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Articles Home » 1982 Articles » Winterhawk - 1982 Revival
 
Winterhawk - 1982 Revival



ARTIST: Winterhawk
ALBUM: Revival
LABEL: Lambda
SERIAL: L1
YEAR: 1982
CD REISSUE: 2005, Monster Records, MCD006 * 2006, Rockadrome Records, ROCO003-V-2

COUNTRY OF ORIGIN:

LINEUP: Jordan Marcarus - guitar, vocals * Chris Mazur - guitar * Doug Brown - bass * Scott Benes - drums

TRACK LISTING: 01 Intro * 02 Sanctuary * 03 Period Of Change * 04 Can't See The Forest For The Trees * 05 Revival * 06 Ace In The Hole * 07 Free To Live * 08 Fallen Dinosaur * 09 Elijah * 10 Hammer And The Axe


Background
The mercurial status awarded to 'Revival' was something I was unaware of until a bit of sniffing around revealed a massive cult following for this much loved disc from one of the Midwest's finest. Led by the enigmatic talent of Marcarus, Winterhawk went through many stages before recording 'Revival', with lineup changes along the way and through their live shows became somewhat of an institution in the Chicago area recording a live show at the famed Aragon Ballroom that saw an official release some years back. 'Revival' came after the band had split but reformed in 1981 and is centered mainly around the guitar brilliance of the somewhat eccentric humanitarian that is Marcarus. The themes are often fantasy based, but the result is a hard rock lovers dream, although to those claiming this is 'desert island' material, that's open to debate.


The Songs
First impressions, and what seems to be the overall opinion of many, is a close resemblance to Rush, through mystical lyrical content and lengthy instrumental passages, all dominated by the fluidity of Marcarus, who seems at ease with just about any hard rock style imaginable, ranging from pomp to metal along the way. 'Intro' is all Marcarus and a heavily harmonised metallic instrumental, with plenty of raw power. 'Sanctuary' shows the first Rush influences, musically in the same park as the Canadian trio were in the mid 70's, when they gambled with their music, Winterhawk themselves toying with quaint acoustic sections followed by far more biting and incisive hard rock sections. In the same fashion is 'Period Of Change', where Marcarus unleashes an epic seventies style solo. 'Cant See The Forest Through The Trees' would indicate another fantasy romp but is actually boogie, handled well and betraying the title totally, showing another side to Marcarus, this time a Southern one. The title cut returns to normality conjuring up images of icy wastelands and warriors at battle, ensuing in some frantic metal. On the flip-side 'Ace In The Hole' takes on the guise of standard late 70's US rock, with more of Marcarus' soloing dominating, this time very pomp in tone. Nothing more than another epic ends the seven track album, the ten minute 'Free To Live', an easy classic, where the band runs through all the cliches, sometimes soft and lush, then evolving into stunning heaviness. It's all down to Marcarus and he is the show-piece, with his solo running minutes on end, taking too many directions to discuss.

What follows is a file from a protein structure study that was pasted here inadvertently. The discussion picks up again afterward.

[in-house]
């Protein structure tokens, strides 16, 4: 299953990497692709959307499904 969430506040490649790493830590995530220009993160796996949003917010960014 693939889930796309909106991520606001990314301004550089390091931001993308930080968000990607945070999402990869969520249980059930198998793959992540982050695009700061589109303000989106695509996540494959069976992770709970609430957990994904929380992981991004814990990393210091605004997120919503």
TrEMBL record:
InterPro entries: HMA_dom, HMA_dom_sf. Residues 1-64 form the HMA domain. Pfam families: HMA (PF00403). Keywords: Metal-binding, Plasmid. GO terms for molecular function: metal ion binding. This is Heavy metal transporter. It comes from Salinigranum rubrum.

In Summary
This was released on CD with bonus tracks, some of which are superior to the original album inclusions, particularly 'Elijah', which judging by the drum sound came a few years later. This was acclaimed but the band split, much to the dismay of Marcarus. The band resurfaced in the nineties with a new album, and are still gigging in the Chicago area. Reading Marcarus bio he seems to have a very individualistic take on life, with self confessed ideas for a 'water based economy' and 'schools for planetary maintenance'. What this all means I'm uncertain, but Marcarus' way of thinking is unique to say the least, showing some disdain for our energy based lifestyle.. A great album 'Revival' is indeed, based around Marcarus entirely, as all the plaudits for the album center around his guitar heroics. They are amazing admittedly and makes this worth the hype. But truly essential? That's something for you to figure out.


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Comments
#1 | sabace on September 09 2010 14:00:09
excellent lp, sounds a lot like early triumph/rush with ted nugent amboy dukes (great white buffalo) type lead guitar. It also sounds a bit like ursa major, dick wagner's (alice cooper guitarist) band who released an lp in 1972 I think! So nothing new, but hugely enjoyable!
#2 | super80boy on June 11 2016 16:06:41
I've had the CD for years, but recently got lucky in my never ending search for private rock vinyl albums and scored an original sealed vinyl copy. Even with all the noted band line-up issues and challenges, Revival turns out to be a viable platform for Macarus to show his command of the guitar with unrelenting creative guitar solos. He definitely takes center stage throughout the album, but there are also inventive Southern tinged progressive rock arrangements and wailing vocal parts that successfully augment the guitar solo priorities. IMHO, I wouldn't call this essential or a 'desert island must have' unless you're a collector of rare underground private press albums.
 
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